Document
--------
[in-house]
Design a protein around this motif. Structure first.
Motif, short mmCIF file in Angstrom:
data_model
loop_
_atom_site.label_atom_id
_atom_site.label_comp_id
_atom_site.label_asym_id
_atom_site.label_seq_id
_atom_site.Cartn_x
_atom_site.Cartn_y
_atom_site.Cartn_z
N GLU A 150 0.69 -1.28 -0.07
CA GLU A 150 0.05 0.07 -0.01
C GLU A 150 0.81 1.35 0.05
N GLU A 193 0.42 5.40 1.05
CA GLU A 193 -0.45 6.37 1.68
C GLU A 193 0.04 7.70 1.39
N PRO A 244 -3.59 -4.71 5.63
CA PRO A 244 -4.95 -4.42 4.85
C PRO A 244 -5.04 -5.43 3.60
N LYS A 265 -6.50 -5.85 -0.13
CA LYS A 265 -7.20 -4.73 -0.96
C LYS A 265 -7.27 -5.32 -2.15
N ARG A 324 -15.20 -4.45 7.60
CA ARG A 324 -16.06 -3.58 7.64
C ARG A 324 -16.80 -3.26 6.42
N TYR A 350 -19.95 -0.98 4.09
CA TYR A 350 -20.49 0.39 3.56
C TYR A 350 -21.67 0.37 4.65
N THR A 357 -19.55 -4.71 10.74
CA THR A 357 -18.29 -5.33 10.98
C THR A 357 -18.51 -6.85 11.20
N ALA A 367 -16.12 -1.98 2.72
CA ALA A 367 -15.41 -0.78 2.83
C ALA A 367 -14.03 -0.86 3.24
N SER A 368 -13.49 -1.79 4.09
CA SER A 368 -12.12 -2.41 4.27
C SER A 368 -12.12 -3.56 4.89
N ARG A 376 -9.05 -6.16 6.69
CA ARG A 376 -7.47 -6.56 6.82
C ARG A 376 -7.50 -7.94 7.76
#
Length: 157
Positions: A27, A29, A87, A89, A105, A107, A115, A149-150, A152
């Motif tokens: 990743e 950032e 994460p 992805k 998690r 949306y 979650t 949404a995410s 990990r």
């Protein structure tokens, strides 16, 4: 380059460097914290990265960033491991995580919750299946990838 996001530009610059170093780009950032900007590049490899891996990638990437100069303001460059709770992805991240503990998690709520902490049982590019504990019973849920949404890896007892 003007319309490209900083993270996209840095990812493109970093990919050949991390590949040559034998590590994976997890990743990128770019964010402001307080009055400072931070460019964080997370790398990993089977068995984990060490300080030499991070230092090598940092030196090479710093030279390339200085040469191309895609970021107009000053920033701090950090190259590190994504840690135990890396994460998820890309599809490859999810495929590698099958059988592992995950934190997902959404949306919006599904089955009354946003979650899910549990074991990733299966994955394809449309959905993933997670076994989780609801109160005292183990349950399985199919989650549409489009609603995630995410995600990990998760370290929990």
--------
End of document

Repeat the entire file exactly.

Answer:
[in-house]
Design a protein around this motif. Structure first.
Motif, short mmCIF file in Angstrom:
data_model
loop_
_atom_site.label_atom_id
_atom_site.label_comp_id
_atom_site.label_asym_id
_atom_site.label_seq_id
_atom_site.Cartn_x
_atom_site.Cartn_y
_atom_site.Cartn_z
N GLU A 150 0.69 -1.28 -0.07
CA GLU A 150 0.05 0.07 -0.01
C GLU A 150 0.81 1.35 0.05
N GLU A 193 0.42 5.40 1.05
CA GLU A 193 -0.45 6.37 1.68
C GLU A 193 0.04 7.70 1.39
N PRO A 244 -3.59 -4.71 5.63
CA PRO A 244 -4.95 -4.42 4.85
C PRO A 244 -5.04 -5.43 3.60
N LYS A 265 -6.50 -5.85 -0.13
CA LYS A 265 -7.20 -4.73 -0.96
C LYS A 265 -7.27 -5.32 -2.15
N ARG A 324 -15.20 -4.45 7.60
CA ARG A 324 -16.06 -3.58 7.64
C ARG A 324 -16.80 -3.26 6.42
N TYR A 350 -19.95 -0.98 4.09
CA TYR A 350 -20.49 0.39 3.56
C TYR A 350 -21.67 0.37 4.65
N THR A 357 -19.55 -4.71 10.74
CA THR A 357 -18.29 -5.33 10.98
C THR A 357 -18.51 -6.85 11.20
N ALA A 367 -16.12 -1.98 2.72
CA ALA A 367 -15.41 -0.78 2.83
C ALA A 367 -14.03 -0.86 3.24
N SER A 368 -13.49 -1.79 4.09
CA SER A 368 -12.12 -2.41 4.27
C SER A 368 -12.12 -3.56 4.89
N ARG A 376 -9.05 -6.16 6.69
CA ARG A 376 -7.47 -6.56 6.82
C ARG A 376 -7.50 -7.94 7.76
#
Length: 157
Positions: A27, A29, A87, A89, A105, A107, A115, A149-150, A152
């Motif tokens: 990743e 950032e 994460p 992805k 998690r 949306y 979650t 949404a995410s 990990r």
């Protein structure tokens, strides 16, 4: 380059460097914290990265960033491991995580919750299946990838 996001530009610059170093780009950032900007590049490899891996990638990437100069303001460059709770992805991240503990998690709520902490049982590019504990019973849920949404890896007892 003007319309490209900083993270996209840095990812493109970093990919050949991390590949040559034998590590994976997890990743990128770019964010402001307080009055400072931070460019964080997370790398990993089977068995984990060490300080030499991070230092090598940092030196090479710093030279390339200085040469191309895609970021107009000053920033701090950090190259590190994504840690135990890396994460998820890309599809490859999810495929590698099958059988592992995950934190997902959404949306919006599904089955009354946003979650899910549990074991990733299966994955394809449309959905993933997670076994989780609801109160005292183990349950399985199919989650549409489009609603995630995410995600990990998760370290929990």